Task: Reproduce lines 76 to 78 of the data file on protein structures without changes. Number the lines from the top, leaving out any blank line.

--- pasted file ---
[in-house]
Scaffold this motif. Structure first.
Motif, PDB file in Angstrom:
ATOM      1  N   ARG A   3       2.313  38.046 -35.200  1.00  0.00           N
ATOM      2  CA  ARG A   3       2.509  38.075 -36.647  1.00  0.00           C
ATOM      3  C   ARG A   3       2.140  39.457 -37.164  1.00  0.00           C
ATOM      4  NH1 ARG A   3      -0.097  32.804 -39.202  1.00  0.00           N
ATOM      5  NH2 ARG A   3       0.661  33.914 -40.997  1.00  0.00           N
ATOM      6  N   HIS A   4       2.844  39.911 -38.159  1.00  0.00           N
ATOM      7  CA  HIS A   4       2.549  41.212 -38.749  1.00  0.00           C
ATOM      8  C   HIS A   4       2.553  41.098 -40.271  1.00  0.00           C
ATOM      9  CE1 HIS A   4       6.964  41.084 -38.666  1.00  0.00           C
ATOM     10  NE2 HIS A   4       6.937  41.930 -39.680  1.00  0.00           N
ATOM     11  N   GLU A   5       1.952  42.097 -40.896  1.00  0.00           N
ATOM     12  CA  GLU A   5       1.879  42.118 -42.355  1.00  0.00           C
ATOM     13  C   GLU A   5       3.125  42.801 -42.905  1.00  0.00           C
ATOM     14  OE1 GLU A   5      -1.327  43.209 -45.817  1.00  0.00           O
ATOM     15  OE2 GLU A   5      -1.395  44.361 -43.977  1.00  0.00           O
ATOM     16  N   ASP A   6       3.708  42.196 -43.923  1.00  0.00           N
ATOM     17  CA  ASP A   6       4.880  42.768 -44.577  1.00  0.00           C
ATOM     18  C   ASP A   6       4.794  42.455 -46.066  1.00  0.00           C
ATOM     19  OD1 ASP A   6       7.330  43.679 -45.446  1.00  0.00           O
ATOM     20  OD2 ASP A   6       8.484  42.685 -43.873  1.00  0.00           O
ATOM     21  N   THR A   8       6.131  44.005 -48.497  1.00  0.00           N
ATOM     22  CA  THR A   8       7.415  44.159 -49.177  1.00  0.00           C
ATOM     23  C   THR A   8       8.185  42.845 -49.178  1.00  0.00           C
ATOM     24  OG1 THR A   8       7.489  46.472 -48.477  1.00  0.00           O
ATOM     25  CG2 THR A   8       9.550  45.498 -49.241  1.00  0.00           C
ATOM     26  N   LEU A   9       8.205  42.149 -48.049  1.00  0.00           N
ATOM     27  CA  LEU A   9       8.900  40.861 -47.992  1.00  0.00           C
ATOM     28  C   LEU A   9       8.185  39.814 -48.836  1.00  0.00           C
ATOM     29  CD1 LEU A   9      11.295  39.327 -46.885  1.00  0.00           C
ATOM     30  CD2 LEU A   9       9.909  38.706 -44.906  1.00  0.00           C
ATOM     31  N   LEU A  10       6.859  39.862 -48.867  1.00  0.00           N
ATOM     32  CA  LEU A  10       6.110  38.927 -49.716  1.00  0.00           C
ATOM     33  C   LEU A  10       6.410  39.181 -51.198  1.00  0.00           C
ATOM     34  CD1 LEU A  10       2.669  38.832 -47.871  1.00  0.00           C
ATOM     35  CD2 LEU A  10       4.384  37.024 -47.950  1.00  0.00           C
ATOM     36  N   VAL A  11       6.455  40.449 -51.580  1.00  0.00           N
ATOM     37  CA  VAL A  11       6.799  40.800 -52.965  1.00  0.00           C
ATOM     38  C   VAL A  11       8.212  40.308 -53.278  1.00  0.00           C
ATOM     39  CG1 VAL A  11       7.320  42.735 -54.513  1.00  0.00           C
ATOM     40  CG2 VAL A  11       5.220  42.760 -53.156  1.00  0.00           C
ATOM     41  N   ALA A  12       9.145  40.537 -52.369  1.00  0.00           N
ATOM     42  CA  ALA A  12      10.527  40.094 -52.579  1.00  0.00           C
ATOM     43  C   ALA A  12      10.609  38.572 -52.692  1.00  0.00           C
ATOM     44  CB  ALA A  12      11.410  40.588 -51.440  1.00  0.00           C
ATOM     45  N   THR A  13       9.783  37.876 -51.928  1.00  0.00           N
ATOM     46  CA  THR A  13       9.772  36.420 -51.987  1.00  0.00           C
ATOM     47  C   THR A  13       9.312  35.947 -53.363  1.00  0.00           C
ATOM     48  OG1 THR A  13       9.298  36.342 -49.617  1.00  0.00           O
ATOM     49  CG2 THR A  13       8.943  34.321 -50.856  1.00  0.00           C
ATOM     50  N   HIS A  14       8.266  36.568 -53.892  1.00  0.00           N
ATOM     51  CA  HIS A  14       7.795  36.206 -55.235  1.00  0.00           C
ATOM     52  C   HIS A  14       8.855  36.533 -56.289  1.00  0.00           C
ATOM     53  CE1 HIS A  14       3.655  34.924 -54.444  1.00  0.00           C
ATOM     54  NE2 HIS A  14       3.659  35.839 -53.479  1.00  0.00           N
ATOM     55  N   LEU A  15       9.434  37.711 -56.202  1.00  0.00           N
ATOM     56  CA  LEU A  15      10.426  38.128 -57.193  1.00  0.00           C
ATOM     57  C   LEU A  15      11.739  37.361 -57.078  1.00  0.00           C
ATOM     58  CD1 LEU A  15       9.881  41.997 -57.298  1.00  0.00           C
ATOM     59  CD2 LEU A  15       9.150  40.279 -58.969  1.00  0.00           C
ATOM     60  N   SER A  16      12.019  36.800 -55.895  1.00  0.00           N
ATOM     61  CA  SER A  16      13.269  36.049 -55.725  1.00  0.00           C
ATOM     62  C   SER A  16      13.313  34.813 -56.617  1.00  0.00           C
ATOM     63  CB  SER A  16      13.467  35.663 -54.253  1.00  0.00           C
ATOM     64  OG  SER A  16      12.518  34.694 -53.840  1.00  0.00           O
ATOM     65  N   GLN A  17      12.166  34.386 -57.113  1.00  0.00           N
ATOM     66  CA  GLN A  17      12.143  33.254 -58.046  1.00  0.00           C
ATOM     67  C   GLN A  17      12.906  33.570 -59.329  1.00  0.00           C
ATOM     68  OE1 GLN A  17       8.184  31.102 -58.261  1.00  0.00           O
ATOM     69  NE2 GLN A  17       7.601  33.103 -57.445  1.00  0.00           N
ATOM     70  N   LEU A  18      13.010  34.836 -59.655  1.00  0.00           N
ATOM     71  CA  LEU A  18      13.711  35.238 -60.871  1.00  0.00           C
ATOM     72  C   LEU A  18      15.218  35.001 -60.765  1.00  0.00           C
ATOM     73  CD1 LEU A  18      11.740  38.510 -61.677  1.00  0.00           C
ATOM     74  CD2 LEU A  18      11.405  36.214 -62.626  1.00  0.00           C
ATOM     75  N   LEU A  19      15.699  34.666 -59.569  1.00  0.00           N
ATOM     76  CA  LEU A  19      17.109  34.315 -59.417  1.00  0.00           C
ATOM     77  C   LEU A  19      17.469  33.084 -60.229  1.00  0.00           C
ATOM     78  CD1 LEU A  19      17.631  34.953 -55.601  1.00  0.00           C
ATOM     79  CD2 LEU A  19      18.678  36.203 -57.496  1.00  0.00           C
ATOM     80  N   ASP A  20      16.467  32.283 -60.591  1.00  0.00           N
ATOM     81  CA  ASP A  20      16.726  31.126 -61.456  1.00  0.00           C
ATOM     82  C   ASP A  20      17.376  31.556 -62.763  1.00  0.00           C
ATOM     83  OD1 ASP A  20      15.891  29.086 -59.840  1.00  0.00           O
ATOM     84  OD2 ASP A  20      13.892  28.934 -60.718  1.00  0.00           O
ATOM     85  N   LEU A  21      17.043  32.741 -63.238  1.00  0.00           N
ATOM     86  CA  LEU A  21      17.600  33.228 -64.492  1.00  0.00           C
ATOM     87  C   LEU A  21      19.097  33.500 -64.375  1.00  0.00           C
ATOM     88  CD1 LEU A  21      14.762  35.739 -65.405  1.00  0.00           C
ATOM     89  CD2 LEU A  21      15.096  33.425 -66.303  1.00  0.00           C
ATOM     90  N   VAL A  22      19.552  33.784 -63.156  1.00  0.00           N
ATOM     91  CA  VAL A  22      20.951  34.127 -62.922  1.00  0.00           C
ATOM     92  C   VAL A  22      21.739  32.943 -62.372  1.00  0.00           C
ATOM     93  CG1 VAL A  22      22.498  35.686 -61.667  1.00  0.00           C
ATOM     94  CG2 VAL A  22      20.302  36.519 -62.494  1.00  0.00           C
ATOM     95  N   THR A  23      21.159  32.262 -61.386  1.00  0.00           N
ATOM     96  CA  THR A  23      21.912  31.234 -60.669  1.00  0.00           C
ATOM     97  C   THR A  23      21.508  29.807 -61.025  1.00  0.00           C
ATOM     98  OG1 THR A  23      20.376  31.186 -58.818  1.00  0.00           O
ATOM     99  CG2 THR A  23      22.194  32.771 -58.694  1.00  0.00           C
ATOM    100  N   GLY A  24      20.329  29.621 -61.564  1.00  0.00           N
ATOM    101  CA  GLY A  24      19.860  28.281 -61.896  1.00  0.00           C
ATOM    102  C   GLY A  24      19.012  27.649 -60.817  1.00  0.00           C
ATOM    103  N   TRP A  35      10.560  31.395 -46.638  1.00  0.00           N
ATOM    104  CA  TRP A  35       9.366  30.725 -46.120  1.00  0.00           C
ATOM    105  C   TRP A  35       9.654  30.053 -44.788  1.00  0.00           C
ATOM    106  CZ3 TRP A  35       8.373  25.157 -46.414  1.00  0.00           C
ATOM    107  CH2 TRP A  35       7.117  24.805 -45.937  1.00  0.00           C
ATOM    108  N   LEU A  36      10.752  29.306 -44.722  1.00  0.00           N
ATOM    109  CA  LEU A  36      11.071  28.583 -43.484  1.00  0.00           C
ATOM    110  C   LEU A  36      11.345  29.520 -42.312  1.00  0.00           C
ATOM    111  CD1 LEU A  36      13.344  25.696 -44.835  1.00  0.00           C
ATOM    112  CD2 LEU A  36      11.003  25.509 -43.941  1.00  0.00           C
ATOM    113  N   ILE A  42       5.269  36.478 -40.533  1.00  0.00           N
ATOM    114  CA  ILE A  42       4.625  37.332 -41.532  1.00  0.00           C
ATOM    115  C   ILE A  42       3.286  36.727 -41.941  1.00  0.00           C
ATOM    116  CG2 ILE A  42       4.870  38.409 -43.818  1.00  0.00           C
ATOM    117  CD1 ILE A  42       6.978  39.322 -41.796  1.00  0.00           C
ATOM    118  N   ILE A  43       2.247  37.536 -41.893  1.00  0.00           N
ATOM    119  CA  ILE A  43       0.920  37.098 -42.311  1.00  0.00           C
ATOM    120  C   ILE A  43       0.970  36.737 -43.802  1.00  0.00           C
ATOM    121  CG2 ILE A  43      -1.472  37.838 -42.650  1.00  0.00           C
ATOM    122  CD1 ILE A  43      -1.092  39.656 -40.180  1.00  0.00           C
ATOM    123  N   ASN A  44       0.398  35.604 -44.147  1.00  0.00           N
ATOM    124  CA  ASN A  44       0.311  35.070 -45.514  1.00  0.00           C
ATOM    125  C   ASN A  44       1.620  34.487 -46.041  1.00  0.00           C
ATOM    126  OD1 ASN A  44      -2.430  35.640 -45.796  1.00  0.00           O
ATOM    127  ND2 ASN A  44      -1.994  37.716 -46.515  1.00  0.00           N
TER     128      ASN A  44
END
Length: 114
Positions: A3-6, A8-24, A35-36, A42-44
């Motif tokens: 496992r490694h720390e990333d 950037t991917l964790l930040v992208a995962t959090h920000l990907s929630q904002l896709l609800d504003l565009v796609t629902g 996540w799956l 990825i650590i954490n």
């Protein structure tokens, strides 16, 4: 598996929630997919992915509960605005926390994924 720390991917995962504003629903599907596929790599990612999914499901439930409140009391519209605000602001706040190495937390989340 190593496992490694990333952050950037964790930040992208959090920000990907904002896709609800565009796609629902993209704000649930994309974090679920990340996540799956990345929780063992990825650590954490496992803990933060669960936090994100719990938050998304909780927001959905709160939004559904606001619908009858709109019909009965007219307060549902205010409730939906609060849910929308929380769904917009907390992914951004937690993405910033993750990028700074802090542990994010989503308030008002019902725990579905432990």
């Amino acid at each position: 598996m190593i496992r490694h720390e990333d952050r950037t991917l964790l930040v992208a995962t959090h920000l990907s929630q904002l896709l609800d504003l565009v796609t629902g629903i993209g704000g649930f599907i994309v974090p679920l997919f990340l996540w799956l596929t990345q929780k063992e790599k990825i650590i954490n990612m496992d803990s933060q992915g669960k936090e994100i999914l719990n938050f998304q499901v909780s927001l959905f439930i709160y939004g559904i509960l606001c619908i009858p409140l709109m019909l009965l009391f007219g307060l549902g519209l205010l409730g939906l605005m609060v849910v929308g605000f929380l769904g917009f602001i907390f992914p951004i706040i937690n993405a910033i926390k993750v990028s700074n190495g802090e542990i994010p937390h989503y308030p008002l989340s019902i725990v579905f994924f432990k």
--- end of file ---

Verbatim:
ATOM     73  CD1 LEU A  18      11.740  38.510 -61.677  1.00  0.00           C
ATOM     74  CD2 LEU A  18      11.405  36.214 -62.626  1.00  0.00           C
ATOM     75  N   LEU A  19      15.699  34.666 -59.569  1.00  0.00           N